Algae as a bioluminescent light
and a bio-textile.
A piece created for Making Fashion Sense Exhibition at HeK.
Curators: Sabine Himmelsbach and Katharina Sand
Thora H Arnardottir & Jessica Dias
Material design support:
Catherine Euale & Larra Campos
Dr. Beate Christgen
"The multinational artists’ collective BioBabes uses the science of biology to rethink clothing designs. Their designs feature a variety of materials and manufacturing processes that include living organisms and organic materials. They aim to introduce the new field of biofabrication and biodesign to a wider public.
For this exhibition, the collective is developing a new work, which will be shown here for the first time"
- HeK press release
The exhibition Making FASHION Sense showcases the radical transformation of fashion through technology. Robot arms and mixed reality, holograms and drones have all paraded down international catwalks. Making FASHION Sense focuses on the impact of technology upon creative processes in the fashion industry, as well as on artistic paths leading towards increasing sustainability: Fashion which makes sense.
The exhibition explores technology as a transformative tool for artists, designers, as well as for the wearers of clothing, generating a reinvention of fashion systems. While hyperfunctional materials already monitor our biometric data in everyday life and sports activities, this exhibition showcases artists and designers who develop experimental augmented fashion objects, investigating new perceptions of our environment and human interaction which make us think in new ways. Using new materiality, they create creative fashion processes which stimulate the human senses, perceive the wearers and their surroundings, change our perspectives, and make sense in the current geopolitical context.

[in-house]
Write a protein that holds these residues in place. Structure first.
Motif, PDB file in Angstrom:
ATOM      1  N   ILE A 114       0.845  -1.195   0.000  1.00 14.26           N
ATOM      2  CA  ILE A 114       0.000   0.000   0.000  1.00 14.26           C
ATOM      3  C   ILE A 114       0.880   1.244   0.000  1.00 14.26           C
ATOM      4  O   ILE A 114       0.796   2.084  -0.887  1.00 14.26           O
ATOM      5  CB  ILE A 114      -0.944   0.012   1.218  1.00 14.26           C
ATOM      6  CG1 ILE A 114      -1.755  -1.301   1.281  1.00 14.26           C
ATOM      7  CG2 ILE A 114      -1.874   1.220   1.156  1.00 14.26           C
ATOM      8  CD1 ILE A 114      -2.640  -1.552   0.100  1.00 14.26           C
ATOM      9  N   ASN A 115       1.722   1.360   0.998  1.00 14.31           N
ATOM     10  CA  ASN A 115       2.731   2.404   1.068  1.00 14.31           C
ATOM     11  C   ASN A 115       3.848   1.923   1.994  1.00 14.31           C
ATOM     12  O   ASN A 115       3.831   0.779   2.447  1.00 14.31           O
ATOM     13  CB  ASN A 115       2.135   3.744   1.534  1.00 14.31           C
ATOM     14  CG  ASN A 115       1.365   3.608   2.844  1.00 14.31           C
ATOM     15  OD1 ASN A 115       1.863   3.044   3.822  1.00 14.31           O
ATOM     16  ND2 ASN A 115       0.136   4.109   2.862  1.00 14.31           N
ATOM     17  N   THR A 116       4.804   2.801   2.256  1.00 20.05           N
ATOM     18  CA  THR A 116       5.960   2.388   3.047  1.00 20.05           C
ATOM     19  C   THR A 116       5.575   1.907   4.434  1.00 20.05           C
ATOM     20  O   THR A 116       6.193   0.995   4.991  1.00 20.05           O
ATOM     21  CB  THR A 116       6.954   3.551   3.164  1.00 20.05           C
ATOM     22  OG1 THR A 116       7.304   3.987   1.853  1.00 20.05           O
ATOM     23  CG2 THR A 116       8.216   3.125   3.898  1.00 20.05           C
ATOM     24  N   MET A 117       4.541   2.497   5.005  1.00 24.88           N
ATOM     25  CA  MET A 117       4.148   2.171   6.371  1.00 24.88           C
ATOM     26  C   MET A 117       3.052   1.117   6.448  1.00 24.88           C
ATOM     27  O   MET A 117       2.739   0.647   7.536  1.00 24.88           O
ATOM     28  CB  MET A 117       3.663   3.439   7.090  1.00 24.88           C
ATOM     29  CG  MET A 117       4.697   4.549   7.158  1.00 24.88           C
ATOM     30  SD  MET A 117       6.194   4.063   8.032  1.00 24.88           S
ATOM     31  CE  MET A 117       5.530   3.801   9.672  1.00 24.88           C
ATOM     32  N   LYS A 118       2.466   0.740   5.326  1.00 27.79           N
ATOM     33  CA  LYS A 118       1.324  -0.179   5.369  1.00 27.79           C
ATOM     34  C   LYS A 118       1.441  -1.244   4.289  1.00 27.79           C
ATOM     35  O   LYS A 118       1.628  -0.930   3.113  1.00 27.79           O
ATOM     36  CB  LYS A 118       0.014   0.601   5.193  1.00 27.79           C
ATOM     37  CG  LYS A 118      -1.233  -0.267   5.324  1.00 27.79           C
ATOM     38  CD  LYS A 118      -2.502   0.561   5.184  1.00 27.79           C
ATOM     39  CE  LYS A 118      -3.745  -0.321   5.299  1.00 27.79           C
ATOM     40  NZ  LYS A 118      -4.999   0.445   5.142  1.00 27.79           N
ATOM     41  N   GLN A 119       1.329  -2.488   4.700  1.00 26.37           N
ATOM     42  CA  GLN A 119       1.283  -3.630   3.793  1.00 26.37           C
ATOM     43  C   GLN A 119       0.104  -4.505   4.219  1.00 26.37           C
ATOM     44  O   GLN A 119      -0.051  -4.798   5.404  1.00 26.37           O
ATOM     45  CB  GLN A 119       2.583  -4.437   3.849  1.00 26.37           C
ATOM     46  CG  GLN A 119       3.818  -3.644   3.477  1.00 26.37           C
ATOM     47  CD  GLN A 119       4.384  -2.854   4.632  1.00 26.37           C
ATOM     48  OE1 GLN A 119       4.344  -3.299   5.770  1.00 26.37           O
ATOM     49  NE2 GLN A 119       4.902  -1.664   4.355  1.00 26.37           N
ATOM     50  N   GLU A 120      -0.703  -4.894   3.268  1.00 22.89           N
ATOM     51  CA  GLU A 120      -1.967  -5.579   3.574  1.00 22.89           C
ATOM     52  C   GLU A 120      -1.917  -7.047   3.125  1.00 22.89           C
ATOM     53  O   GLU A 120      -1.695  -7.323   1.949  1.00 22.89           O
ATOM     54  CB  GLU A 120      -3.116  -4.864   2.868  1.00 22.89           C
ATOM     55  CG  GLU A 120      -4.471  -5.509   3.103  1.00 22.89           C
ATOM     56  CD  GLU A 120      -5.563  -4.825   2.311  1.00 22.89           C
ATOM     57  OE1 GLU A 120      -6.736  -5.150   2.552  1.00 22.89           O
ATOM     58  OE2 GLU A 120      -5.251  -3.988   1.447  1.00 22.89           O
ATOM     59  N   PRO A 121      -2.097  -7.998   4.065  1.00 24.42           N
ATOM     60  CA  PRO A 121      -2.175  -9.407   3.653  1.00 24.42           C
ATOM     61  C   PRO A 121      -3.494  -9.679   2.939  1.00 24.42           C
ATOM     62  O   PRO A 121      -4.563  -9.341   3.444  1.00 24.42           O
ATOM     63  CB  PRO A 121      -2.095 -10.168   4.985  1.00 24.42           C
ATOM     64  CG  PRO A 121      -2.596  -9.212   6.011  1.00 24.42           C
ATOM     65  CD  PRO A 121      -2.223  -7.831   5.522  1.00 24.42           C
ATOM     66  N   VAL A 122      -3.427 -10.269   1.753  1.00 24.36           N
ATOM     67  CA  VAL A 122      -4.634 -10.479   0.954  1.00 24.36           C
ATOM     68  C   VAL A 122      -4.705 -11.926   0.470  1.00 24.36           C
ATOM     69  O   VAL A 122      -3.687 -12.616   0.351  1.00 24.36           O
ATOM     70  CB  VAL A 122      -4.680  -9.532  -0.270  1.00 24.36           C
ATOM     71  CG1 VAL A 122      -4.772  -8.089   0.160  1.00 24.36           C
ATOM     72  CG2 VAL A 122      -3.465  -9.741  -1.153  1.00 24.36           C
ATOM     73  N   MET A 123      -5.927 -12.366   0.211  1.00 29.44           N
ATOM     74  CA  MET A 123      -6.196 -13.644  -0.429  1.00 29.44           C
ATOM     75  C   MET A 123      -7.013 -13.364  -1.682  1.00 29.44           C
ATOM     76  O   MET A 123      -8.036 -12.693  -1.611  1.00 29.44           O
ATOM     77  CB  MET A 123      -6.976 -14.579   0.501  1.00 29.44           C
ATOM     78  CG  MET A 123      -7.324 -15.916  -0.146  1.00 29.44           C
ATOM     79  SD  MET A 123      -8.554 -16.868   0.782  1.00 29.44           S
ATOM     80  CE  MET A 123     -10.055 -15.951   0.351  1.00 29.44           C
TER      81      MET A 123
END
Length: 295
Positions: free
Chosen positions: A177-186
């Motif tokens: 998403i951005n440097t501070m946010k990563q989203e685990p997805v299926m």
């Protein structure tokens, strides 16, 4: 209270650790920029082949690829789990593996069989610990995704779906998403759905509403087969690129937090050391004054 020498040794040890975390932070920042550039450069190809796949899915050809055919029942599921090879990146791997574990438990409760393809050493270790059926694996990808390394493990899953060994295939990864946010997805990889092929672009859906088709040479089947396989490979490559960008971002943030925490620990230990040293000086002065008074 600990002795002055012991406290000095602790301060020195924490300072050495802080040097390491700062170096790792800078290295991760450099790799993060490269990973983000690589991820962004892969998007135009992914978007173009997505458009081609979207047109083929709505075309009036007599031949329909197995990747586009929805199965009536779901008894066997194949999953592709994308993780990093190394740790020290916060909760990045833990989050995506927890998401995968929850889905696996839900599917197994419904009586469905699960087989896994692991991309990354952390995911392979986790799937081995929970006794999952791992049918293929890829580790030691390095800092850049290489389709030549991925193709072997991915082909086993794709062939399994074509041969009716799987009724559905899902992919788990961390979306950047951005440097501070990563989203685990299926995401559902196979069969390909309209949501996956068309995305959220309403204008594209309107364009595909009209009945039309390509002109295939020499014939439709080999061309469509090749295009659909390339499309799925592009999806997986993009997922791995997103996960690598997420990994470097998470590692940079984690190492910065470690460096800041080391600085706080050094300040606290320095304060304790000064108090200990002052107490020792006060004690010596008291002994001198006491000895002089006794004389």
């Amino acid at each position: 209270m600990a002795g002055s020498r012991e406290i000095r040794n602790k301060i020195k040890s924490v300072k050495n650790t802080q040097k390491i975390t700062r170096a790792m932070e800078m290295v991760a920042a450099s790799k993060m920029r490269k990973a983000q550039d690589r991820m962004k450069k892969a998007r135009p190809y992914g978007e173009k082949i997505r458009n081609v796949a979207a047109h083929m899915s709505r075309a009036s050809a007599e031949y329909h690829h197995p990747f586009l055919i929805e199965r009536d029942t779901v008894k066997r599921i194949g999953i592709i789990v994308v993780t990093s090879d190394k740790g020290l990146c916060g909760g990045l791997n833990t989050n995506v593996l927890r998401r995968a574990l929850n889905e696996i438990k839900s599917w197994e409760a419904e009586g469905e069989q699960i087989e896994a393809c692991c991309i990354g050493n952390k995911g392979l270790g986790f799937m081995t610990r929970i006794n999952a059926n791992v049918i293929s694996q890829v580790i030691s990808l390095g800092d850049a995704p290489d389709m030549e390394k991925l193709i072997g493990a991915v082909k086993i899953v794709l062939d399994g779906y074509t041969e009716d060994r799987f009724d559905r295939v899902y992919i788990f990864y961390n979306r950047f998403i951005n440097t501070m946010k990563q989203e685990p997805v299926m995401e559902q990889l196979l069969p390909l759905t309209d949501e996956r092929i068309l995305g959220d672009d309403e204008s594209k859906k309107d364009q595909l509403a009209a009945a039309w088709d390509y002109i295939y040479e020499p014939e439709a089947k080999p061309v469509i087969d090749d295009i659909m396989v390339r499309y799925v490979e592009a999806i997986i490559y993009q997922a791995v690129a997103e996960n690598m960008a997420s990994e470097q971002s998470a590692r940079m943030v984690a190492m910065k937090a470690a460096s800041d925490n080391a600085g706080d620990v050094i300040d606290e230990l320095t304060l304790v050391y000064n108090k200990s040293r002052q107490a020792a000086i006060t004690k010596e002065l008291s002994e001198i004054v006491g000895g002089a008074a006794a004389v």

These artists and designers create fashion that - by using technology - is not only transforming silhouettes, but production systems. Based on sustainable production ethics, they create new fashion semantics with a deeper purpose. - HeK press release
In this wearable, Bio-Lum-Sac, we address new territories of engage in a symbiotic relationship with the body and an organism. Our concept was to create a light organ that could be seen as an extension of the human body to host living organisms and illuminate the otherwise invisible creatures around us.
Here, the substratum is made from alginate bioplastic to showcase algae as a viable alternative source for bio textile fabrication. Alginate is a complex carbohydrate found in the cell walls of brown seaweed, mixed with water and natural plasticiser in concentrated amounts, ergf
cast and cured until dry, then laser cut. The bioplastic is attached to a liquid backpack that keeps the algae alive. The algae medium is circulated from pouches through silicon tubing that encircles around the neck of the person wearing it. In the dark space, this vibrant blue light is emitted from dinoflagellate algae, Pyrocystis, that lives on the surface layer of seawater. The algae’s glow, a brief flash of bright blue light, is generated by a chemical reaction part of its circadian rhythm and induced by agitation during its dark cycle. However, the algae will not exhibit a constant glow as the light will fade when agitated multiple times within the same cycle.
Pyrocystis fusiformis Dinoflagillate
They derived their name from the Latin pyro, meaning fire, and cystis, meaning a hollow sac. They are also a part of the marine phytoplankton community and thus contribute a large amount of oxygen to the world’s atmosphere while also consuming a large amount of carbon dioxide.
Seen through microscopic photography, the arrangement of the flagella causes Pyrocystis fusiformis to spin as it moves through the water.
When agitated the fusiformis emit a bright blue light that lasts for only a fraction of a second.